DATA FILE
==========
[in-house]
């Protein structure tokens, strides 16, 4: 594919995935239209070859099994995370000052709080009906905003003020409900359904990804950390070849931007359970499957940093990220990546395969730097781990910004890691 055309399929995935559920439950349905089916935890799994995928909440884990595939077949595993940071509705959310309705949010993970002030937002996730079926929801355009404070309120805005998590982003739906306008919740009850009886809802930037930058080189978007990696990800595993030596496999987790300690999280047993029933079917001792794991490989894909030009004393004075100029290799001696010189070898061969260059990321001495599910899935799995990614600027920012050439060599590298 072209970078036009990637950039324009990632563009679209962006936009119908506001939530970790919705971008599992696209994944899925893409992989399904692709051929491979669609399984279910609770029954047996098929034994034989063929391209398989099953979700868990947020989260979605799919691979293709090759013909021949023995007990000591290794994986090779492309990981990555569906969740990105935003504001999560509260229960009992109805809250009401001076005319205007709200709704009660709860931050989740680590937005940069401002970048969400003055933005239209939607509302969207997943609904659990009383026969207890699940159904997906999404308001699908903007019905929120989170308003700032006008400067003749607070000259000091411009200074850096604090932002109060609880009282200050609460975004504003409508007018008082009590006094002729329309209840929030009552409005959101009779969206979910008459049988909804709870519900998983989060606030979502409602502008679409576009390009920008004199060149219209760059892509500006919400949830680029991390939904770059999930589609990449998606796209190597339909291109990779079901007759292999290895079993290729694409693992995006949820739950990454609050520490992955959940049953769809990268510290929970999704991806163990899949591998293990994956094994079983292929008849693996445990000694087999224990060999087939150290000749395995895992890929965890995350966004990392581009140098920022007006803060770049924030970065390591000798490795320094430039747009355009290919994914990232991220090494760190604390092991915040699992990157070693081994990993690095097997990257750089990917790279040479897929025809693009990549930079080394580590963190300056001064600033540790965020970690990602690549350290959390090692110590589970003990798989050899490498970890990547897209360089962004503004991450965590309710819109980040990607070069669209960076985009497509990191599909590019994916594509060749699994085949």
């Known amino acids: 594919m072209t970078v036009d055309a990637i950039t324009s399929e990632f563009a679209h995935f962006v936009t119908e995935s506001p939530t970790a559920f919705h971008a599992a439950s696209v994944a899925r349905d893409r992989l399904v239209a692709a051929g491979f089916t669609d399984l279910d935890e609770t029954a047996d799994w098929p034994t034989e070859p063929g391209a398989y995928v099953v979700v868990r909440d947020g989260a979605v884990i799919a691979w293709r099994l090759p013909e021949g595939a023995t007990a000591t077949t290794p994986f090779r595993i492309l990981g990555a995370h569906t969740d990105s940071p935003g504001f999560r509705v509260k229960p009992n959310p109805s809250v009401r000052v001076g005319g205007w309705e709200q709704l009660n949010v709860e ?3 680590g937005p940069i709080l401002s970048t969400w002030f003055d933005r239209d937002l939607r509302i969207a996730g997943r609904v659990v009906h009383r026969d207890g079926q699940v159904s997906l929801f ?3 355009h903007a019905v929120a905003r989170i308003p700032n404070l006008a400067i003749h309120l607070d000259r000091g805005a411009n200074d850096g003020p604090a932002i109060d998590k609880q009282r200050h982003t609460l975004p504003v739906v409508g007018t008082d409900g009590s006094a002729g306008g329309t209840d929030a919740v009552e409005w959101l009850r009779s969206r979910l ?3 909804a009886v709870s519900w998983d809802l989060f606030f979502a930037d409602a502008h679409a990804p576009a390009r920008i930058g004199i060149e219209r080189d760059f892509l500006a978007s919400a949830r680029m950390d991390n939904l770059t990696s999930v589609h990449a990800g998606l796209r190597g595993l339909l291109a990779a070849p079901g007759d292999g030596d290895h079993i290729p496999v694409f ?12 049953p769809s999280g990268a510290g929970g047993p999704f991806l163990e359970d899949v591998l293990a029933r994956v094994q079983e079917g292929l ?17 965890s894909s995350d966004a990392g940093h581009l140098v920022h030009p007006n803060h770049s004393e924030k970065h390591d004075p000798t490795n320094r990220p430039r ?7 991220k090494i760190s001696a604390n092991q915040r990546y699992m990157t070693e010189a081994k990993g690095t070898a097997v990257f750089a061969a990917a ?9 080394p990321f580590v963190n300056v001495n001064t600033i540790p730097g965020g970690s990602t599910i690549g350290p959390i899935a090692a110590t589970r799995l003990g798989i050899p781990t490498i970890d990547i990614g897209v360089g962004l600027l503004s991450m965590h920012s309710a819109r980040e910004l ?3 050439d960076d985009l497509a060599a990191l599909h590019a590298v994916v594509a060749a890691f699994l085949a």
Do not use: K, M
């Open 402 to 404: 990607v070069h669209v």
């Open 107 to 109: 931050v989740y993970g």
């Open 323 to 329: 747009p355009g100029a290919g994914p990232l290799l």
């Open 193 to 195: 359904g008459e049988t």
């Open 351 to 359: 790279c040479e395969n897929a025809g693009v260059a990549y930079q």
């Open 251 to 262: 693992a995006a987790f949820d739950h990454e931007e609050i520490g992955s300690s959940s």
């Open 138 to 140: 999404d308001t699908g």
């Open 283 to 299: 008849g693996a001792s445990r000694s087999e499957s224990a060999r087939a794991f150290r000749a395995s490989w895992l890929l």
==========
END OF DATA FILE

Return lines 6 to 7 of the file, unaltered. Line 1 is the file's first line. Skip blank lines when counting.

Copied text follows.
């Open 107 to 109: 931050v989740y993970g």
């Open 323 to 329: 747009p355009g100029a290919g994914p990232l290799l």